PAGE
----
machine that JS has spoken up for. We had to replace our
tankless water heater, and got a bigger and better one.
We’ve also worked on recipes, revising some of them, and
adapting others like the one Meher devised for shrimp
curry. Meher taught it to me, and I’ve made it enough
times that I decided to try adapting it for making oxtail
curry. Now we have three oxtail dishes: stew, Jamaican
style, with potatoes, yam, and dumplings; spaghetti sauce,
and now curried. Speaking of spaghetti sauce, a friend
told us about making vegetable spaghetti as a way of
cutting down on starches. Then there is my old standby,
apple pie. I want to get a proper board big enough for
rolling out the crust instead of using store-boughten pie
shells. We had to throw out the one I was using because,
being particle board covered on one side with Formica, it
began to grow mold along the edges.
And then there were holidays, observed
somewhat haphazardly. Halloween, of course, has to be
observed on October 31st, and we do, making a jack
o’lantern earlier in the day. This year was a real holiday
for us, observed about halfway between the Canadian and
American dates, when JS came home on a visit shortly after
having gotten hurt at work. Not seriously, thankfully. It
was a special occasion also because our friends Len and
Orna and one of their daughters, Mika, joined us. When
Adam and Mika were babies Orna and Meher exchanged
babysitting so that each week for a year each one of them
got two whole days off from their little one.
Later on, we shared a litter of feral kittens from our
backyard with them. Finally, just before Christmas,
Nihal told us about a demonstration against the BJP’s
Citizenship Amendment Act outside the Indian Consulate
downtown on Bloor Street so we joined him there.
I finally did it! I
retired from my online job at the end of November, 2019.
The retirement had been in the cards for at least a year,
but I was able to pull it off, having given my employers
ample notice, and prepared myself mentally for this
Retirement, unfortunately, has not meant
having lots of time on hands so far because I started
doing things I had put off and put off for years. Cleaning
out the stuff I no longer need was my first priority, but
I also got Tim involved in cleaning at least some of his
things. This combined effort was quite productive, and Tim
did his share of getting rid of humongous amounts of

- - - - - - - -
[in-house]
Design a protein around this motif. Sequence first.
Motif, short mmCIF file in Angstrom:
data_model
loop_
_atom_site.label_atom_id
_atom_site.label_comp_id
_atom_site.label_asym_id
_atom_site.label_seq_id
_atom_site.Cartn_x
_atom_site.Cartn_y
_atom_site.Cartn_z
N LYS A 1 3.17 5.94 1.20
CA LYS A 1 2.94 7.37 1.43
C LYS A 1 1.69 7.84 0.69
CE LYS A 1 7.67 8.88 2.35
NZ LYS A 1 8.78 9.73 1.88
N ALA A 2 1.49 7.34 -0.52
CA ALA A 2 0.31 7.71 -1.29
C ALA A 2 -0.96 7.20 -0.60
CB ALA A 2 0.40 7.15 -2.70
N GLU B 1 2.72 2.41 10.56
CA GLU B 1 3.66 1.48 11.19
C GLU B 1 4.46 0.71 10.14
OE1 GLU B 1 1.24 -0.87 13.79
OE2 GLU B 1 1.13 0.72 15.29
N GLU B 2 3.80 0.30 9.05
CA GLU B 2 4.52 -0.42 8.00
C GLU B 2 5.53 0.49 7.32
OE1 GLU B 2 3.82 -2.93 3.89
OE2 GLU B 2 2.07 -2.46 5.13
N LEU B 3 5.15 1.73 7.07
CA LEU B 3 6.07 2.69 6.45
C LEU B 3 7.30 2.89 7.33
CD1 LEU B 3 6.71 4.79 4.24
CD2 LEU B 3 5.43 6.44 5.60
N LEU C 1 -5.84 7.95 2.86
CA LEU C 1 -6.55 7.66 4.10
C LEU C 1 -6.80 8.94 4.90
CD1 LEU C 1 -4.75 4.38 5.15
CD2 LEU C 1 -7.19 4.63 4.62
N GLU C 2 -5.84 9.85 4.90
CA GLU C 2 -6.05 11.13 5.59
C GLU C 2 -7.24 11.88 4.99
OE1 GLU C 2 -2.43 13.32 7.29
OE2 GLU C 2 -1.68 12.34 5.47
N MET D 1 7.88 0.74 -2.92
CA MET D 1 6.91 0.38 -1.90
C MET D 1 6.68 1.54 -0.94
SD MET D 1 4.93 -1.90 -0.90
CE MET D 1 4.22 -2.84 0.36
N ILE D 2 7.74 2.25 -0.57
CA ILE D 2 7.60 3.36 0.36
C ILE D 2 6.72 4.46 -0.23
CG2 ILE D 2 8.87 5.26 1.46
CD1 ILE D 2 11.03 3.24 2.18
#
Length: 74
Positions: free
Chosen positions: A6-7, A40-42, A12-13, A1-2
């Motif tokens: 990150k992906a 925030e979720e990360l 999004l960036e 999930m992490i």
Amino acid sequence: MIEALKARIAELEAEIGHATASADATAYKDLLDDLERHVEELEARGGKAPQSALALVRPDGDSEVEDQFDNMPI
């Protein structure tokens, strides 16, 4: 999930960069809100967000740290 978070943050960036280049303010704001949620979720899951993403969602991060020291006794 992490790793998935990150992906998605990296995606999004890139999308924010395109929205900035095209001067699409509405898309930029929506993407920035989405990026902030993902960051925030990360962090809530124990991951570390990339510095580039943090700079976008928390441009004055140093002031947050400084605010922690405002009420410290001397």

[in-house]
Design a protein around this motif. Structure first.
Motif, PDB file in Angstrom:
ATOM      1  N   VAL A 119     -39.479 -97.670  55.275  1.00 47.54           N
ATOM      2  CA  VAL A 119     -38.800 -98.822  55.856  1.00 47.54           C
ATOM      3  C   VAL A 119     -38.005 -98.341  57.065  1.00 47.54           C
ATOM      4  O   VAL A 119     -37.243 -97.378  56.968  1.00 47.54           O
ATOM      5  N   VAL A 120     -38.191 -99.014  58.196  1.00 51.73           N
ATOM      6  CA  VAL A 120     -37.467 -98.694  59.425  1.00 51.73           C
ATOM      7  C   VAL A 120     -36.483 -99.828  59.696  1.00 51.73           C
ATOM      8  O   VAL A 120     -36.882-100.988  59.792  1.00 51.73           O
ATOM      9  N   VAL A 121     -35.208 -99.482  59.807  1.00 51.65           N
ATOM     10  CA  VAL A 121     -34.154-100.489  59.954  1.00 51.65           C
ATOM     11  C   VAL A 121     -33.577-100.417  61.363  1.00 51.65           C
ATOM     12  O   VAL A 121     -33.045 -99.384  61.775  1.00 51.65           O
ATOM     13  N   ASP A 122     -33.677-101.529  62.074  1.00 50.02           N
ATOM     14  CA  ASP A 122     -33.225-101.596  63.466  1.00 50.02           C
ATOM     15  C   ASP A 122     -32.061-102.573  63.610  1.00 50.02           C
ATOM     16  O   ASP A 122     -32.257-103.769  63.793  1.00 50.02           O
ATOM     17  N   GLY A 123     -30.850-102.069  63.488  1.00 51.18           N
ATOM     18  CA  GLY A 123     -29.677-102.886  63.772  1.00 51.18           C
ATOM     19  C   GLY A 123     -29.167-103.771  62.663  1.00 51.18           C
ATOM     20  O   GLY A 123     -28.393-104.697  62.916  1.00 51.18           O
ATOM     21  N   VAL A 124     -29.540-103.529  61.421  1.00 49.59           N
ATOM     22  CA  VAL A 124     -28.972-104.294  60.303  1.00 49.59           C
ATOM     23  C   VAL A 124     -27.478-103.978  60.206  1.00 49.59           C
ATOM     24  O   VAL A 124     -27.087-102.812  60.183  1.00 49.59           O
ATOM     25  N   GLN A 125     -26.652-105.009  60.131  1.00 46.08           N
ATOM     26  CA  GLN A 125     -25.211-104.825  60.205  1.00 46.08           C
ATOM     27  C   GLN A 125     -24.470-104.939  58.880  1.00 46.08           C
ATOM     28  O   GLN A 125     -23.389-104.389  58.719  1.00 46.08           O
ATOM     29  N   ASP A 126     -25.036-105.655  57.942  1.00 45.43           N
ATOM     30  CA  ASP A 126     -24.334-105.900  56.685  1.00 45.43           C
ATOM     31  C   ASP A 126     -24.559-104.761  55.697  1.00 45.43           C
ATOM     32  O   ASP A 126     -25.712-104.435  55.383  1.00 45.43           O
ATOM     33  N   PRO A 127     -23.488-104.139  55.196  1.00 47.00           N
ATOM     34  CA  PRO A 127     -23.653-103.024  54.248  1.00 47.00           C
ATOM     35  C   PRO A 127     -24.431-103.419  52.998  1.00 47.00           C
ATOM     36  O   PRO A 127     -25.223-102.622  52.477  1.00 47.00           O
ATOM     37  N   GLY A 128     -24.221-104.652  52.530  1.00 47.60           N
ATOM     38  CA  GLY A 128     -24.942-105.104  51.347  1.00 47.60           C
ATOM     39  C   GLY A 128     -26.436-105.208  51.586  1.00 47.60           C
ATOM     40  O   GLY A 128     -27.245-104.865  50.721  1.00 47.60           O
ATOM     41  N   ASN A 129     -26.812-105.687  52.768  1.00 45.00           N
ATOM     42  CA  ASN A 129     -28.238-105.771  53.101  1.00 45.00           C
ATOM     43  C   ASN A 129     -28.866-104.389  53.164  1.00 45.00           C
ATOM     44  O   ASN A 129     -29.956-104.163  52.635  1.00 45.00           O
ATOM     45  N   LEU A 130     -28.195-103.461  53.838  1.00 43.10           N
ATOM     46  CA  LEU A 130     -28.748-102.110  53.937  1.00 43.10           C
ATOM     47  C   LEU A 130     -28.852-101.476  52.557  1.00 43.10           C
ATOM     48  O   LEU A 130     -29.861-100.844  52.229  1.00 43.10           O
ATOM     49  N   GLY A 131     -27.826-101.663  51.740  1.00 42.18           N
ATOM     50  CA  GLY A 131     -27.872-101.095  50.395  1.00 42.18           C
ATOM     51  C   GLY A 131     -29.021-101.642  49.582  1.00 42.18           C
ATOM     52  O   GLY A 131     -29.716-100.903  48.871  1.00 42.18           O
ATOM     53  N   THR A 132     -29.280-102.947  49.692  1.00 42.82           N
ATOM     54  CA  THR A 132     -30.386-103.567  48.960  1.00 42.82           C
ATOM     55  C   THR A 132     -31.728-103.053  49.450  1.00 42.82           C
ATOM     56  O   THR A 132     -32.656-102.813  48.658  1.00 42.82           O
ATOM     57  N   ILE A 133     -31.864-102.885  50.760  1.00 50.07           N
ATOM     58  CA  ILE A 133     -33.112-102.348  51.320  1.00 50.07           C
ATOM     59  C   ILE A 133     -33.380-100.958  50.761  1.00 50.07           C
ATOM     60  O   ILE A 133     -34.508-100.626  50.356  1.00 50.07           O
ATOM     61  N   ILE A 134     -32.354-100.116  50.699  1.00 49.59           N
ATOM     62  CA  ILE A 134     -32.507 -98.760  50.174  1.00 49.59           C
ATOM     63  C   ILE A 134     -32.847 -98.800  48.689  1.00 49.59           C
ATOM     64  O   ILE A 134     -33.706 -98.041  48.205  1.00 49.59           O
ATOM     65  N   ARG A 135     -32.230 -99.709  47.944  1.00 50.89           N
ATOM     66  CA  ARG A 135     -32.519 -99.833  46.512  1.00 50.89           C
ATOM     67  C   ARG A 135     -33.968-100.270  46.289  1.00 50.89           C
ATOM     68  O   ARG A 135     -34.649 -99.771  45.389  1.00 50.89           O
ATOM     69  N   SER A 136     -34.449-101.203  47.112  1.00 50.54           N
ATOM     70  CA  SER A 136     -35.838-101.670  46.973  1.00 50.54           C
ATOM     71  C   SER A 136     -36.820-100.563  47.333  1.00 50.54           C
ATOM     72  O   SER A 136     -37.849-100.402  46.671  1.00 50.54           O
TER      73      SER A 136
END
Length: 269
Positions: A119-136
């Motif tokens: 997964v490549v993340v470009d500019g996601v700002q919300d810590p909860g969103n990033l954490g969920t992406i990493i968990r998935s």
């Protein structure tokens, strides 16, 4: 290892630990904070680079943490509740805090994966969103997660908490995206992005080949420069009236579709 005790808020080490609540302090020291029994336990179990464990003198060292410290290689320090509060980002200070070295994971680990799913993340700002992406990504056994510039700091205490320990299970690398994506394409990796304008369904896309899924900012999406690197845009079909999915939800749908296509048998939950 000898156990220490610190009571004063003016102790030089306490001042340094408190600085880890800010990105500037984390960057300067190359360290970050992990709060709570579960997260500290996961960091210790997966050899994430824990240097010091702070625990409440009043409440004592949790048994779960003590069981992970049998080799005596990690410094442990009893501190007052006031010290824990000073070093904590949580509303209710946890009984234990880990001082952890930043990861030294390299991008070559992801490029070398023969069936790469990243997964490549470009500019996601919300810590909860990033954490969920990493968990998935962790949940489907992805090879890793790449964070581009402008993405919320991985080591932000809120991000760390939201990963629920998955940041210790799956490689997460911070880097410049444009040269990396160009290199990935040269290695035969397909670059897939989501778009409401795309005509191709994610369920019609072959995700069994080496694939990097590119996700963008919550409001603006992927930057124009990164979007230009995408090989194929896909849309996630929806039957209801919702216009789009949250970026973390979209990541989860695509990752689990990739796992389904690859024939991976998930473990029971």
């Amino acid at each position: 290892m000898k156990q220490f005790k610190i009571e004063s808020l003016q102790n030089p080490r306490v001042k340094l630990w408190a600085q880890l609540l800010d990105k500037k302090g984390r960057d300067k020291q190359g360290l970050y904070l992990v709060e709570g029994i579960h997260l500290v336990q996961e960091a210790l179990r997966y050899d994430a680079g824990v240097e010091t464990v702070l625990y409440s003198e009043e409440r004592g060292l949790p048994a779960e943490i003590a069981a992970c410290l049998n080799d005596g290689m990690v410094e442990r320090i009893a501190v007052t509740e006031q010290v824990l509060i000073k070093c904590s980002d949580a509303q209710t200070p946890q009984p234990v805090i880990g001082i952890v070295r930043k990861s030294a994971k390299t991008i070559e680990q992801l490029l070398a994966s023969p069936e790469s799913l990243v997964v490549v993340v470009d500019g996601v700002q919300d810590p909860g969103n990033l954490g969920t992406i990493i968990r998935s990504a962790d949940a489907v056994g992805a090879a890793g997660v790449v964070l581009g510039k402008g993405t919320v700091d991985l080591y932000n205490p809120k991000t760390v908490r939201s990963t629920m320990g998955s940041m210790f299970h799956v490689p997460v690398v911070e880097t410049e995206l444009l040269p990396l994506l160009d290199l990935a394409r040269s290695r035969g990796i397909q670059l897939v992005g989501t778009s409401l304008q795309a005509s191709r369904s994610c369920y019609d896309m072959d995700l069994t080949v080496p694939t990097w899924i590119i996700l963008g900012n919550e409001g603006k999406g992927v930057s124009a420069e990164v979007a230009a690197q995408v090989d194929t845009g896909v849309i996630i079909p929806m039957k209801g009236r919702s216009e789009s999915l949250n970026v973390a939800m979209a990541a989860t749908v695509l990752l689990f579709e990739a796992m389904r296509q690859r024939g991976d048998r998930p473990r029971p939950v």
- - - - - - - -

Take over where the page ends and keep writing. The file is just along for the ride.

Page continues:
paper. I also convinced him to undo three tables he uses
in his work area, which led to an amazing amount of
Another thing I have been doing is sewing.
Clothes to repair and other sewing jobs had accumulated
for years, so I have been sewing when not cleaning. I am
quite happy with the results because sewing done two years
ago, on one of my days off, had been fraught with
problems. I wrote about one sewing project gone awry in an
Middle Class Dream.” Post-retirement projects, so
far, have been quite good and satisfying. In fact, our odd
pieces of furniture, which I wrote about in My Middle
Class Dream seemed to be fitting quite well with a few new
items and a couple of things I sewed.
The living room has a brand new bench on
which is a fabric that I bought from India several years
ago. I reinforced the fabric with sturdy khadi (unbleached
cotton) at the back and it fits like a dream on the bench.
We use the bench, without the cover, for sitting, but
sometimes we use it as a table to serve appetizers. With
the cover on, it fits perfectly in our small living room.
I also made curtains for the living room that did not go
wrong as in the story My Middle Class Dream. Here are some
pictures. Of course, the odd assemblage of furniture is
very much there, but with the central table and the
curtains, the living room looks very good.
One of the things I would love to do is
to go to India with Tim for a longer period of time, say a
year or two. This is something I had wanted to do when we
were younger, but we were not able to. Well, we are now
free, and I am wondering if we can do it.
Have a great 2020, everyone!